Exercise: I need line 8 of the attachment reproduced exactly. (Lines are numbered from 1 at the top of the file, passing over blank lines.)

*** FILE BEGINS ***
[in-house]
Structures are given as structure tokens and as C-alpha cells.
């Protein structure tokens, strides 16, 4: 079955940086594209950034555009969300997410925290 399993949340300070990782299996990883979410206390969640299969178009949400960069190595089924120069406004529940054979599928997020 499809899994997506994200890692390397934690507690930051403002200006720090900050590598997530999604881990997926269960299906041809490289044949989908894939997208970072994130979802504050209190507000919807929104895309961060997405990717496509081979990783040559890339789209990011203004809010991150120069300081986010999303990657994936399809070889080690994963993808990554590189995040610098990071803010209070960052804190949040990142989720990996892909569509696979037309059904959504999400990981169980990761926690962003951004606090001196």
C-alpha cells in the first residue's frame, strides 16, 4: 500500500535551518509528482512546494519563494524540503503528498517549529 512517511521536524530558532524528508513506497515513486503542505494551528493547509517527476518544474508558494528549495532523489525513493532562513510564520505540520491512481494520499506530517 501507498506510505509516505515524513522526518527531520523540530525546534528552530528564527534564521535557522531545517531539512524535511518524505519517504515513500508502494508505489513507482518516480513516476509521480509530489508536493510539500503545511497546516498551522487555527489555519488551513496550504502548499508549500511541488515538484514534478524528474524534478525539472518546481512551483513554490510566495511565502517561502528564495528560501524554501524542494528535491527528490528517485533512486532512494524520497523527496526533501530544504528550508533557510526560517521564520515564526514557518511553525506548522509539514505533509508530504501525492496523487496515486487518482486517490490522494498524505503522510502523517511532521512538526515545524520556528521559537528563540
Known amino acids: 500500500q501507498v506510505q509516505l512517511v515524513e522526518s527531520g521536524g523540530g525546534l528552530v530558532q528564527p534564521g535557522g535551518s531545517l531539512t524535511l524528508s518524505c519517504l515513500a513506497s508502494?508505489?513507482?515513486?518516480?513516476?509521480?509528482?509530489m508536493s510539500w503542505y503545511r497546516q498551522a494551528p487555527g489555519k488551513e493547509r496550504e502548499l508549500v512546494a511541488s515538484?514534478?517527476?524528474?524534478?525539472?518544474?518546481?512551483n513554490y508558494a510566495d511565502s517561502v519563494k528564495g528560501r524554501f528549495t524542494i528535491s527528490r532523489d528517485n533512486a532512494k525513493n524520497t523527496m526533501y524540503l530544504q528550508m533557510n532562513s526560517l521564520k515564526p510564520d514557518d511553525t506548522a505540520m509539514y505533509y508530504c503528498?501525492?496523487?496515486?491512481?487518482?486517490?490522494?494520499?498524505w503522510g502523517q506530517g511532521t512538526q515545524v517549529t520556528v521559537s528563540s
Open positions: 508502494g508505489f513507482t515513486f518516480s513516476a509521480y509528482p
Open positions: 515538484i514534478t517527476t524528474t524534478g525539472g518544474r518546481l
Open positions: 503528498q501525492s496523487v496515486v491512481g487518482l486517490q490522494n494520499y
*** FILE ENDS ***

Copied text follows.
Open positions: 503528498q501525492s496523487v496515486v491512481g487518482l486517490q490522494n494520499y